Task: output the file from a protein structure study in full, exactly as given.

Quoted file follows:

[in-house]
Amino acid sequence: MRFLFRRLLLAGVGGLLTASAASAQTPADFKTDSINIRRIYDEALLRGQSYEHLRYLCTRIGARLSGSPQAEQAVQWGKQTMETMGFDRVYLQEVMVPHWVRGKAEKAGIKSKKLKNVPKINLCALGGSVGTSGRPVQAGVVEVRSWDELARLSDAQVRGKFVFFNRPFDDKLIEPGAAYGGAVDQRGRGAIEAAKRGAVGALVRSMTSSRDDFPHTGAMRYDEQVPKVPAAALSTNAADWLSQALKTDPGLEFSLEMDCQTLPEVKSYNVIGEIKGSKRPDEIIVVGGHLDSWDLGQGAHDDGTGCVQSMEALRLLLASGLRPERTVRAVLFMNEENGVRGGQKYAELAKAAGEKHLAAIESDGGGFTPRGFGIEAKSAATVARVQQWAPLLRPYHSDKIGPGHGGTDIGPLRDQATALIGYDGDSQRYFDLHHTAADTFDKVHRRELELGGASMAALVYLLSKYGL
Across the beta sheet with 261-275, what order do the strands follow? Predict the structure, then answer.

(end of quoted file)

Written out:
[in-house]
Amino acid sequence: MRFLFRRLLLAGVGGLLTASAASAQTPADFKTDSINIRRIYDEALLRGQSYEHLRYLCTRIGARLSGSPQAEQAVQWGKQTMETMGFDRVYLQEVMVPHWVRGKAEKAGIKSKKLKNVPKINLCALGGSVGTSGRPVQAGVVEVRSWDELARLSDAQVRGKFVFFNRPFDDKLIEPGAAYGGAVDQRGRGAIEAAKRGAVGALVRSMTSSRDDFPHTGAMRYDEQVPKVPAAALSTNAADWLSQALKTDPGLEFSLEMDCQTLPEVKSYNVIGEIKGSKRPDEIIVVGGHLDSWDLGQGAHDDGTGCVQSMEALRLLLASGLRPERTVRAVLFMNEENGVRGGQKYAELAKAAGEKHLAAIESDGGGFTPRGFGIEAKSAATVARVQQWAPLLRPYHSDKIGPGHGGTDIGPLRDQATALIGYDGDSQRYFDLHHTAADTFDKVHRRELELGGASMAALVYLLSKYGL
Across the beta sheet with 261-275, what order do the strands follow? Predict the structure, then answer.